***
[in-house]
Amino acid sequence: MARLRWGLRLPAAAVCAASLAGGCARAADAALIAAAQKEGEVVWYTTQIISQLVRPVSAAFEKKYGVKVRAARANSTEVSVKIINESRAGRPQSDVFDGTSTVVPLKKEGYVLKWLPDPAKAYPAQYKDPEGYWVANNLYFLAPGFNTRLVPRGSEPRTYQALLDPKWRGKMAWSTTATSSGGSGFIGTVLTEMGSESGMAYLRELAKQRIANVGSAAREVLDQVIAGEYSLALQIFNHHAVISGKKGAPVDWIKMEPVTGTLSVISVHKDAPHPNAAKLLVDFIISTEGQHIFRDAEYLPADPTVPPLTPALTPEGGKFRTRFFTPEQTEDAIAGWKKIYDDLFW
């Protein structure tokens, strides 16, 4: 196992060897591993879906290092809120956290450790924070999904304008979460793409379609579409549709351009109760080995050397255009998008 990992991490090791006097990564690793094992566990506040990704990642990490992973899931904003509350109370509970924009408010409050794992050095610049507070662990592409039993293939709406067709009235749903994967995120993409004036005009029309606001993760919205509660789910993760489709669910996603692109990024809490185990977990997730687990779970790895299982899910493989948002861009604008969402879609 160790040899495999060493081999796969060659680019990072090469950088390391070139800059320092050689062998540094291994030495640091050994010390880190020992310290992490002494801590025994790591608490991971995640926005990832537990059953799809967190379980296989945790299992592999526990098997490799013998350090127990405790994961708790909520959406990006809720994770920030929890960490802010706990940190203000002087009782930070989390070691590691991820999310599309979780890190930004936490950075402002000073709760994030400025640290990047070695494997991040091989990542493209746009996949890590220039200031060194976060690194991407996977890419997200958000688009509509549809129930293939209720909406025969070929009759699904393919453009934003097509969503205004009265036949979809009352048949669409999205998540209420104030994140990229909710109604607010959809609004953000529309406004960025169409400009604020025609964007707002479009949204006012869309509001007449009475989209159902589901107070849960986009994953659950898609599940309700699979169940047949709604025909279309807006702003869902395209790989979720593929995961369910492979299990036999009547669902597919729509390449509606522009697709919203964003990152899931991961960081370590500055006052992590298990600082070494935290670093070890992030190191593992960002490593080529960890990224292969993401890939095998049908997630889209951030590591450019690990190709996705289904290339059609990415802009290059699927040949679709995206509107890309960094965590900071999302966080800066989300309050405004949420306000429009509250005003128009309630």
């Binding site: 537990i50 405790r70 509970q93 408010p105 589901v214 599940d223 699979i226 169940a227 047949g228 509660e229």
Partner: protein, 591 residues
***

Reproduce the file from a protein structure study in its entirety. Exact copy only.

[in-house]
Amino acid sequence: MARLRWGLRLPAAAVCAASLAGGCARAADAALIAAAQKEGEVVWYTTQIISQLVRPVSAAFEKKYGVKVRAARANSTEVSVKIINESRAGRPQSDVFDGTSTVVPLKKEGYVLKWLPDPAKAYPAQYKDPEGYWVANNLYFLAPGFNTRLVPRGSEPRTYQALLDPKWRGKMAWSTTATSSGGSGFIGTVLTEMGSESGMAYLRELAKQRIANVGSAAREVLDQVIAGEYSLALQIFNHHAVISGKKGAPVDWIKMEPVTGTLSVISVHKDAPHPNAAKLLVDFIISTEGQHIFRDAEYLPADPTVPPLTPALTPEGGKFRTRFFTPEQTEDAIAGWKKIYDDLFW
């Protein structure tokens, strides 16, 4: 196992060897591993879906290092809120956290450790924070999904304008979460793409379609579409549709351009109760080995050397255009998008 990992991490090791006097990564690793094992566990506040990704990642990490992973899931904003509350109370509970924009408010409050794992050095610049507070662990592409039993293939709406067709009235749903994967995120993409004036005009029309606001993760919205509660789910993760489709669910996603692109990024809490185990977990997730687990779970790895299982899910493989948002861009604008969402879609 160790040899495999060493081999796969060659680019990072090469950088390391070139800059320092050689062998540094291994030495640091050994010390880190020992310290992490002494801590025994790591608490991971995640926005990832537990059953799809967190379980296989945790299992592999526990098997490799013998350090127990405790994961708790909520959406990006809720994770920030929890960490802010706990940190203000002087009782930070989390070691590691991820999310599309979780890190930004936490950075402002000073709760994030400025640290990047070695494997991040091989990542493209746009996949890590220039200031060194976060690194991407996977890419997200958000688009509509549809129930293939209720909406025969070929009759699904393919453009934003097509969503205004009265036949979809009352048949669409999205998540209420104030994140990229909710109604607010959809609004953000529309406004960025169409400009604020025609964007707002479009949204006012869309509001007449009475989209159902589901107070849960986009994953659950898609599940309700699979169940047949709604025909279309807006702003869902395209790989979720593929995961369910492979299990036999009547669902597919729509390449509606522009697709919203964003990152899931991961960081370590500055006052992590298990600082070494935290670093070890992030190191593992960002490593080529960890990224292969993401890939095998049908997630889209951030590591450019690990190709996705289904290339059609990415802009290059699927040949679709995206509107890309960094965590900071999302966080800066989300309050405004949420306000429009509250005003128009309630």
């Binding site: 537990i50 405790r70 509970q93 408010p105 589901v214 599940d223 699979i226 169940a227 047949g228 509660e229």
Partner: protein, 591 residues